OpEd Buffer Zone Supreme Court Decision June 2014

Worcester Telegram & Gazette

Tuesday, July 15, 2014

Court restores pro-lifers’ rights


By Roderick P. Murphy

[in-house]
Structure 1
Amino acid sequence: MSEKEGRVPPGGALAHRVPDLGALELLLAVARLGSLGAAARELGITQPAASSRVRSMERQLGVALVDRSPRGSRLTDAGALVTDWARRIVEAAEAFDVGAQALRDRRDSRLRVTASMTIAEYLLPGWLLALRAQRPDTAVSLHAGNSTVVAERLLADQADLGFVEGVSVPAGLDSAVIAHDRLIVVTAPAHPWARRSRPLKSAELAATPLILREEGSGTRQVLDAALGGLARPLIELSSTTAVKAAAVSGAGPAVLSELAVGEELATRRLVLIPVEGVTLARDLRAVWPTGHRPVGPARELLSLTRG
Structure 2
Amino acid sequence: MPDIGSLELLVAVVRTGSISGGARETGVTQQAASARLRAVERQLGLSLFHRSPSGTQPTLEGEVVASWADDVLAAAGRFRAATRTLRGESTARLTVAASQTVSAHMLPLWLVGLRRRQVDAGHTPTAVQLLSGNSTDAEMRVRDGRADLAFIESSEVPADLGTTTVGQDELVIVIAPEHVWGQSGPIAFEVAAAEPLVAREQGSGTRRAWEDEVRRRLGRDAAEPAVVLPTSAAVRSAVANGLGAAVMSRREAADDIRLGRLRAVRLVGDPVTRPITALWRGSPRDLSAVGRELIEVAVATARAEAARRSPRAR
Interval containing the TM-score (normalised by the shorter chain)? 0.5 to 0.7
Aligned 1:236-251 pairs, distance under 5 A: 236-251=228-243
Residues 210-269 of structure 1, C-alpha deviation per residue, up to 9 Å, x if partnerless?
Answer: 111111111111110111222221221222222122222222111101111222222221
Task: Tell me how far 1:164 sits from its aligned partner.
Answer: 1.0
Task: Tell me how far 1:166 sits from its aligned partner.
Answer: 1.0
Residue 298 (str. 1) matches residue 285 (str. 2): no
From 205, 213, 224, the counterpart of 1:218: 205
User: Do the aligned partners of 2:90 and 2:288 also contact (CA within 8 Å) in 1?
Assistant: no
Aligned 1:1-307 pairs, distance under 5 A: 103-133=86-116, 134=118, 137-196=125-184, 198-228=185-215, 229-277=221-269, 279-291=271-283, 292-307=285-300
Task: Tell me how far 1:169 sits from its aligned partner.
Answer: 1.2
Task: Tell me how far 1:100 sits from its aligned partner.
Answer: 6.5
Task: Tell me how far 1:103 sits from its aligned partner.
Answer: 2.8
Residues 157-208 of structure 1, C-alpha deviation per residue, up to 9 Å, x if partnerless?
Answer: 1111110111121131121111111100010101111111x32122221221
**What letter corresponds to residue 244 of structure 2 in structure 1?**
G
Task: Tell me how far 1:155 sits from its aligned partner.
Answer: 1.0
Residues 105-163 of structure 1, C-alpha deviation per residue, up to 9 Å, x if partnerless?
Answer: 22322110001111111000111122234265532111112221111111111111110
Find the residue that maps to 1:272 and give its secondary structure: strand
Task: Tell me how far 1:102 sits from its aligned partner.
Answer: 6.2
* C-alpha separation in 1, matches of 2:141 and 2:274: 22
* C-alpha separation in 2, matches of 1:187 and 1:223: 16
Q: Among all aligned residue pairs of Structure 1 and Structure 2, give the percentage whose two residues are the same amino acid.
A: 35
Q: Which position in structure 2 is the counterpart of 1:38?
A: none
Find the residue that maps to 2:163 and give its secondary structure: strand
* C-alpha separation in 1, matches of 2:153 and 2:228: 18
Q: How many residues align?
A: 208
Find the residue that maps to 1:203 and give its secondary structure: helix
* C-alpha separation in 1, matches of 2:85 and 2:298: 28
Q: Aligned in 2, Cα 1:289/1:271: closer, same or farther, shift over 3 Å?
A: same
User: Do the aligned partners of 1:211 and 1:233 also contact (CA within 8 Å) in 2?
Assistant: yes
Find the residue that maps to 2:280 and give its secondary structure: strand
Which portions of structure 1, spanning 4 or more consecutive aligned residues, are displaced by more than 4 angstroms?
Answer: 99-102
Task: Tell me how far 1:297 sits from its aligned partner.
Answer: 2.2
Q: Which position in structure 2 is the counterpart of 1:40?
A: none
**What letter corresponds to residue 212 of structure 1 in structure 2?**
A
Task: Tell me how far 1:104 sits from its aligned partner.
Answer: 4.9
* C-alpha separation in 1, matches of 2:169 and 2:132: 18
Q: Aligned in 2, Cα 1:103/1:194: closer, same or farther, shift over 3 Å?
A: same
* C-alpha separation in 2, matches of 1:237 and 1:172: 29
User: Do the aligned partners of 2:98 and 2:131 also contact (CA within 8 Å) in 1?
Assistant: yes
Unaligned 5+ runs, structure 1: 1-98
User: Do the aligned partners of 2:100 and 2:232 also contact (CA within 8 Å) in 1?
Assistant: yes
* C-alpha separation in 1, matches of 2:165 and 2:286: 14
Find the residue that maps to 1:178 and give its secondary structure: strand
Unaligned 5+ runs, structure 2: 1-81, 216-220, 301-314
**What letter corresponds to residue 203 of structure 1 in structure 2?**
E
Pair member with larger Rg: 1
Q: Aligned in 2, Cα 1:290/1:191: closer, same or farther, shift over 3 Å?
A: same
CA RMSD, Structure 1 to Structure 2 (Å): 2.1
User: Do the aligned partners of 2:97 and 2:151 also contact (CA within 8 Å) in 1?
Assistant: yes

On June 26, the U.S. Supreme Court ruled unanimously (I repeat, unanimously) in McCullen v. Coakley that the enforced buffer zones on the public sidewalk in front of Massachusetts abortion facilities are unconstitutional. For seven long years those government-imposed buffer zones tyrannically abused the First Amendment rights of Massachusettss citizens. It is serendipitously coincidental that America’s birthday followed right after that momentous decision. The Declaration of Independence’s enduring legacy is that it sought to overturn the long abuses and powers of tyrants. It reminds us that we must be ever vigilant of state tyranny against American citizens. President Calvin Coolidge said regarding the Declaration that the “rights of citizens ought to be protected with every power and resource of the state, and a government that does any less is false to the teachings of that great document — false to the name American.” I suggest Coolidge was crystal-balling and indicting the despotic, one-party Commonwealth of Massachusetts. So how did the crucible of the American Revolution, Massachusetts, become the trampler of civil rights? Supreme Court Justice Antonin Scalia had the answer in his buffer zone concurring opinion: “Today’s opinion carries forward this Court’s practice of giving abortion-rights advocates a pass when it comes to suppressing the free-speech rights of their opponents. There is an entirely separate, abridged edition of the First Amendment applicable to speech about abortion.” Justices Anthony Kennedy and Clarence Thomas joined in that concurrence. Another voice on this subject was George Orwell of “Nineteen Eight-Four” fame. He wrote, “If liberty means anything at all, it means the right to tell people what they do not want to hear.” That “separate, abridged edition of the First Amendment” is what prevailed here in our Democrat- controlled Bay State. So thanks to Justice Scalia, we now understand why in 2007 this obviously unconstitutional law passed 122-28 in the Massachusetts House and by voice vote in the Massachusetts Senate. And we see why Attorney General Martha Coakley didn’t declare that law unconstitutional. Rather, she spoke in favor of it at the Statehouse hearings and then legally defended it (unsuccessfully) at the Supreme Court. And now we understand why Judge Joseph Tauro of the U.S. First Circuit Court in Boston twice ruled that the buffer zones were constitutional. All that because we pro-lifers operate under a “separate, abridged edition of the First Amendment.” Until McCullen, millions of citizens who believe that abortion kills a real but preborn baby had a truncated Bill of Rights with only nine amendments — no First Amendment. I note that Gov. Deval Patrick, Ms. Coakley, House Speaker Robert DeLeo, and Senate President Therese Murray are plotting another, as yet unknown violation of our civil rights to replace the vile buffer zones. They should read the Scalia concurrence again. It also said the following: “Protecting people from speech they do not want to hear is not a function that the First Amendment allows the government to undertake in the public streets and sidewalks.” Bluster from phony politicians should be expected, but new unconstitutional laws will be challenged right away. We all know now that our lawyers are smarter and better than Coakley’s. Mark Rienzi, the Catholic University law professor who argued the case, said the decision meant that “the government cannot reserve its public sidewalks for Planned Parenthood, as if their message is the only one women should be allowed to hear.” And the Madison, Wisconsin City Attorney, Matthew May, in suspending Madison’s buffer zones, said the following: “In light of the Supreme Court decision, we suspended enforcement to figure out what, if anything, is left of the ordinance,” May said. “If you read the decision, I’m not sure there’s much of Hill left.” So there is still one branch of government, the U.S. Supreme Court, that honors the Constitution. With the McCullen victory pro-lifers have become full American citizens with an unabridged Bill of Rights. Although pro-lifers are pleased with the unanimous buffer zone decision, we weep for the 20,000 preborn babies aborted every year in Massachusetts. There were three unalienable rights granted to Americans by the Declaration of Independence — life, liberty and the pursuit of happiness. I speak for each of those 20,000 babies: “Where are my unalienable rights?” Roderick P. Murphy is director of Problem Pregnancy of Worcester, Inc.

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